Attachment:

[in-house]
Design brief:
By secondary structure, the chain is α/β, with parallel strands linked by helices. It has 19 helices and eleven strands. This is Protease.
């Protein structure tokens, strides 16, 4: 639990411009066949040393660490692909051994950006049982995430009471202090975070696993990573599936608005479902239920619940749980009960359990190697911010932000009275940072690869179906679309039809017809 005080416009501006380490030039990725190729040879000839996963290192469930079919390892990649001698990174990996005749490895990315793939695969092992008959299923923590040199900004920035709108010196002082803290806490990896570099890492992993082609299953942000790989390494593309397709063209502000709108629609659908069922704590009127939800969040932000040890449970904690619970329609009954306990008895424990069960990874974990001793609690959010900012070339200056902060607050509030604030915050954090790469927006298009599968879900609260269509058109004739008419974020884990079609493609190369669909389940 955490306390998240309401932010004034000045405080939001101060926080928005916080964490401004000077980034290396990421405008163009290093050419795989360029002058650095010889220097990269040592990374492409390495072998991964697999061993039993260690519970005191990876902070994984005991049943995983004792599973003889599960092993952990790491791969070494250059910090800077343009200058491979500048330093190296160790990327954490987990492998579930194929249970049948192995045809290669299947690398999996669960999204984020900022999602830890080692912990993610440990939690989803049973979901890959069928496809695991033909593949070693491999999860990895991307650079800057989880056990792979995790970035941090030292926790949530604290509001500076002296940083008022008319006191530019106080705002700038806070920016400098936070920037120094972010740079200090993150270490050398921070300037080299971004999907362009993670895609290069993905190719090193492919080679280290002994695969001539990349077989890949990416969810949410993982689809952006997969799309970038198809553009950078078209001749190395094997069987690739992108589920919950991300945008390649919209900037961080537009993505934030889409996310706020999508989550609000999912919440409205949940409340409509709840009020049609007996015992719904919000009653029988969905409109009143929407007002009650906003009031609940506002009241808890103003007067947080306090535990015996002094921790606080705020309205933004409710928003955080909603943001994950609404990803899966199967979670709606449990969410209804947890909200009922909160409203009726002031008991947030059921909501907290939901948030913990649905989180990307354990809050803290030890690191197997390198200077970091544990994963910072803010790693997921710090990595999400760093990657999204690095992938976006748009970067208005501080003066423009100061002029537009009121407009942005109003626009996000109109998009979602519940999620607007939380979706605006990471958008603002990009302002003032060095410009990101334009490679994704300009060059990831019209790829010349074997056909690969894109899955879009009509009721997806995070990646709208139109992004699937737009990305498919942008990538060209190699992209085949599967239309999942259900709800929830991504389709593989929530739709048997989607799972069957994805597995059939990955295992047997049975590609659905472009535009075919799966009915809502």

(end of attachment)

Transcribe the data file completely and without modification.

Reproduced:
[in-house]
Design brief:
By secondary structure, the chain is α/β, with parallel strands linked by helices. It has 19 helices and eleven strands. This is Protease.
């Protein structure tokens, strides 16, 4: 639990411009066949040393660490692909051994950006049982995430009471202090975070696993990573599936608005479902239920619940749980009960359990190697911010932000009275940072690869179906679309039809017809 005080416009501006380490030039990725190729040879000839996963290192469930079919390892990649001698990174990996005749490895990315793939695969092992008959299923923590040199900004920035709108010196002082803290806490990896570099890492992993082609299953942000790989390494593309397709063209502000709108629609659908069922704590009127939800969040932000040890449970904690619970329609009954306990008895424990069960990874974990001793609690959010900012070339200056902060607050509030604030915050954090790469927006298009599968879900609260269509058109004739008419974020884990079609493609190369669909389940 955490306390998240309401932010004034000045405080939001101060926080928005916080964490401004000077980034290396990421405008163009290093050419795989360029002058650095010889220097990269040592990374492409390495072998991964697999061993039993260690519970005191990876902070994984005991049943995983004792599973003889599960092993952990790491791969070494250059910090800077343009200058491979500048330093190296160790990327954490987990492998579930194929249970049948192995045809290669299947690398999996669960999204984020900022999602830890080692912990993610440990939690989803049973979901890959069928496809695991033909593949070693491999999860990895991307650079800057989880056990792979995790970035941090030292926790949530604290509001500076002296940083008022008319006191530019106080705002700038806070920016400098936070920037120094972010740079200090993150270490050398921070300037080299971004999907362009993670895609290069993905190719090193492919080679280290002994695969001539990349077989890949990416969810949410993982689809952006997969799309970038198809553009950078078209001749190395094997069987690739992108589920919950991300945008390649919209900037961080537009993505934030889409996310706020999508989550609000999912919440409205949940409340409509709840009020049609007996015992719904919000009653029988969905409109009143929407007002009650906003009031609940506002009241808890103003007067947080306090535990015996002094921790606080705020309205933004409710928003955080909603943001994950609404990803899966199967979670709606449990969410209804947890909200009922909160409203009726002031008991947030059921909501907290939901948030913990649905989180990307354990809050803290030890690191197997390198200077970091544990994963910072803010790693997921710090990595999400760093990657999204690095992938976006748009970067208005501080003066423009100061002029537009009121407009942005109003626009996000109109998009979602519940999620607007939380979706605006990471958008603002990009302002003032060095410009990101334009490679994704300009060059990831019209790829010349074997056909690969894109899955879009009509009721997806995070990646709208139109992004699937737009990305498919942008990538060209190699992209085949599967239309999942259900709800929830991504389709593989929530739709048997989607799972069957994805597995059939990955295992047997049975590609659905472009535009075919799966009915809502």